Restoration of local economic cycles and conflict transformation in the Fizi region
Title: Restoration of local economic cycles and conflict transformation in the Fizi region
Commissioned by: German Federal Ministry for Economic Cooperation and Development (BMZ)
Country: Democratic Republic of the Congo
Lead executing agency: South Kivu governorate
Overall term: 2011 to 2014
There have been conflicts over natural resources in the east of the Democratic Republic of the Congo for many years. Armed conflicts between economic competitors, ethnic groups and rival militias have profoundly destabilised the region. Hundreds of thousands of people have been internally displaced not only within the region but also in their own country.
Under difficult conditions, this project promotes a transition from humanitarian aid to sustainable development.
In Fizi Territory, local economic cycles and basic services have been restored. The conditions have been created for securing livelihoods and food on a sustainable basis.
The local administration has received training in the planning, organisation and implementation of community development activities and has been assisted with transport and communications. The administrative buildings have been renovated in cooperation with the UN High Commissioner for Refugees (UNHCR) and a partnership programme (BMZ-UNHCR).
Many families have been unable to work on the land and produce food for a long time. Thus, nearly 25,000 families received agricultural equipment and improved seed with assistance from the government’s agricultural extension service. More than 200 young people have received training to become joiners, mechanics and masons in order to meet the great demand for skilled workers.
The administration and traditional authorities have learnt how one’s actions can prevent and reduce conflicts. They have been supported in transforming conflicts through better trained village committees and through a number of new village committees.
Women bear the main burden of work in the home and in the fields. They are frequently the victims of sexual violence and are particularly at risk in the fields, which are often remote. Women’s organisational and management skills have been promoted in civil society groups to strengthen the role of women and to make them more self-confident within their families and in local decision-making structures. In discussions on the subject, the male village population and local authorities are also sensitised to the subject of improving the division of labour within the family. This gives women better protection and the opportunity to earn an income of their own.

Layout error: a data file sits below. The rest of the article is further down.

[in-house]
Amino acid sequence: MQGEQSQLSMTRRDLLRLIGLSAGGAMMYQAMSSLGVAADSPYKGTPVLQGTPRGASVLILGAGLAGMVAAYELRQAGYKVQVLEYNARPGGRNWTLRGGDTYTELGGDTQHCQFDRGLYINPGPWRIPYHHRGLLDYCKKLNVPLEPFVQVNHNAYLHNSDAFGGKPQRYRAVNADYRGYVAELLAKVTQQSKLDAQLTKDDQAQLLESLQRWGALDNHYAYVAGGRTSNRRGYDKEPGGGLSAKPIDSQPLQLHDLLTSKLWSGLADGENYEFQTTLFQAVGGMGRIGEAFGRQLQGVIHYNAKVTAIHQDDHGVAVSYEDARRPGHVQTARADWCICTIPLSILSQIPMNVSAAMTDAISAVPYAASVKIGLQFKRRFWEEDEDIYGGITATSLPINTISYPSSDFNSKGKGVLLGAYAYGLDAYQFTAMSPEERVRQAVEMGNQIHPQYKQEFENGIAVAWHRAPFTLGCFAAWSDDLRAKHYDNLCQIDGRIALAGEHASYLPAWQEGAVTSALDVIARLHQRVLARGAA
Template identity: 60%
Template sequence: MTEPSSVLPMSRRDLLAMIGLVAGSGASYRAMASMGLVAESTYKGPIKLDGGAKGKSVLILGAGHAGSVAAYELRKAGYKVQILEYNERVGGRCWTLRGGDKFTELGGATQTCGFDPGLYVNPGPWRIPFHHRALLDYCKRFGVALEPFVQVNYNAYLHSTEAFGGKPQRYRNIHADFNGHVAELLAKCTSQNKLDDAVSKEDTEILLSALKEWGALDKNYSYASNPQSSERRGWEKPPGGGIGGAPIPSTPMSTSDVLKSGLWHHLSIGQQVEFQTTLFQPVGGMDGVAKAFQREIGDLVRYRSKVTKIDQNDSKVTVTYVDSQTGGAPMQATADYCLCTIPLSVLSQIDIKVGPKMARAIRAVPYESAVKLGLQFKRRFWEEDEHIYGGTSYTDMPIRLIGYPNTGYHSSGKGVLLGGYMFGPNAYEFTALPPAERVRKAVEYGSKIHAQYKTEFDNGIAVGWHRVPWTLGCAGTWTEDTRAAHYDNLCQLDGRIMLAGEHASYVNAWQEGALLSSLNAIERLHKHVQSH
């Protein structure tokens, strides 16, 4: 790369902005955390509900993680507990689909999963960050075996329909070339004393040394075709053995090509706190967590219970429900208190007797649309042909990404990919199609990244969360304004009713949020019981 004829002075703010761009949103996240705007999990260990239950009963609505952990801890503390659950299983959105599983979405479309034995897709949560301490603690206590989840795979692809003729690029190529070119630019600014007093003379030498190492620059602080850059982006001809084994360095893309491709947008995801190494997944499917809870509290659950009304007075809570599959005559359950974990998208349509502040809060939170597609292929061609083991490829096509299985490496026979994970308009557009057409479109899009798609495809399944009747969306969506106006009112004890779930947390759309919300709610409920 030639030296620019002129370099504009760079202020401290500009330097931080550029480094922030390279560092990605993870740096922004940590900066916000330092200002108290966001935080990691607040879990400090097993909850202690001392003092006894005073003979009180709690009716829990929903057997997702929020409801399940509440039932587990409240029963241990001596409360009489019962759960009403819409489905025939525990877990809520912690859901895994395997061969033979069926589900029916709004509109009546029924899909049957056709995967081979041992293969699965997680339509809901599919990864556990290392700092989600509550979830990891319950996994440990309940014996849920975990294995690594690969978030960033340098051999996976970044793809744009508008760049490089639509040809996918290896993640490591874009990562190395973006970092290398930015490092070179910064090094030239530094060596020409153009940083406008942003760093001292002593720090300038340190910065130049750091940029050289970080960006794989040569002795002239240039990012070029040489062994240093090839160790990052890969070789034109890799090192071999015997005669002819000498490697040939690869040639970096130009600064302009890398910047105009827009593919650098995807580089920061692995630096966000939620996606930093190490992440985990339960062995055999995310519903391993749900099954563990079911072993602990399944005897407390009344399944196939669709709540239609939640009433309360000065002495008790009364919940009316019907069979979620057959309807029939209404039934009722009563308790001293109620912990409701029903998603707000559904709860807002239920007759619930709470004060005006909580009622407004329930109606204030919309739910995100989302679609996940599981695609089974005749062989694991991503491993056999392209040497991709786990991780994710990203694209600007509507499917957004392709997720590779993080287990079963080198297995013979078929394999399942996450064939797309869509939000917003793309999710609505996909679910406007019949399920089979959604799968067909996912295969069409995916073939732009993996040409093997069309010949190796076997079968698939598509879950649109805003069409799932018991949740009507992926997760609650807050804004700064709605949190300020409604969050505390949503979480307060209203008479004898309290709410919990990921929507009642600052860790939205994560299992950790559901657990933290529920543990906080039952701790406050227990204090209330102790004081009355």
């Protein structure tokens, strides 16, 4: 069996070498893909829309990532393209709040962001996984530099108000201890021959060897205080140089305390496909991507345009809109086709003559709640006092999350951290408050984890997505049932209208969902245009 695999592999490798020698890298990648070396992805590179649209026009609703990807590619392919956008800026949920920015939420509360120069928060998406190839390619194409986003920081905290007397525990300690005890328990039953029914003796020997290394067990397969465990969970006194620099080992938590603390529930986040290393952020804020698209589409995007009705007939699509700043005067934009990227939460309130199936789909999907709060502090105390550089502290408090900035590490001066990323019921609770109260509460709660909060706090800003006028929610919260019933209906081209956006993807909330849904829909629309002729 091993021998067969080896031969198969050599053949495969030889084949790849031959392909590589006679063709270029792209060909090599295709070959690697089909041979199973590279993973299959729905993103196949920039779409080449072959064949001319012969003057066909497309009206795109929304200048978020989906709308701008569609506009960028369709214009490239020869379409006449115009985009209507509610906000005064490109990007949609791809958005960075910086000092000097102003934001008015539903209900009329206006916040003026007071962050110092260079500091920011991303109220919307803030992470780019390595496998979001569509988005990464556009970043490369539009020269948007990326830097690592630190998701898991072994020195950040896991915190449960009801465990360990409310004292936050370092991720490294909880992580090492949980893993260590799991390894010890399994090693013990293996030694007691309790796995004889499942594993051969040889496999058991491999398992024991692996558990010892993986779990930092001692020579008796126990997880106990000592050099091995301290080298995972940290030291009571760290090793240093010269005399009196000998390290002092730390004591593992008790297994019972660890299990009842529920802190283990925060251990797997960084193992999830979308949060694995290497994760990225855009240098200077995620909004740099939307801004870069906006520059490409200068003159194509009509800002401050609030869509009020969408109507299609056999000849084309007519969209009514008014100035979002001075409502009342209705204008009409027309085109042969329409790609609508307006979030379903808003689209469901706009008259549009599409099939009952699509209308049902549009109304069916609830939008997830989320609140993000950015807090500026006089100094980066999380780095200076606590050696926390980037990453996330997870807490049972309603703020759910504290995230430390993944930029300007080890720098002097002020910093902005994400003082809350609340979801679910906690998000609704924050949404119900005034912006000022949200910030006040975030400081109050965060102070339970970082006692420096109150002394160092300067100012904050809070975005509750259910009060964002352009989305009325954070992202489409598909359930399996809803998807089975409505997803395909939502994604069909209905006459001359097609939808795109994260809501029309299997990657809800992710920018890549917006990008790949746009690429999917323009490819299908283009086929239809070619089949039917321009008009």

Results achieved so far
The local authority’s renovated office buildings have rapidly developed into centres of communication between the government and civil society. For the first time in many years, civil structures are once again the focus of social life and fulfil visible tasks for the people. Since then, there has been increasing private investment.
Today, the reactivated local services once again advise farming families on questions of modern cultivation. The excess produce can be sold at local markets, providing the families with an additional source of income.
Simple hand-built earth roads now link previously isolated mountain areas with the markets on the shores of Lake Tanganyika.
The village committees that have been supported or newly founded by the project arbitrate in cases of conflict in the villages (usually over land rights) or pass on more difficult cases to the judiciary.
It was decided together with traditional authorities to revise and modernise traditional law and align it with national law. This is now being implemented in cooperation with judges and lawyers.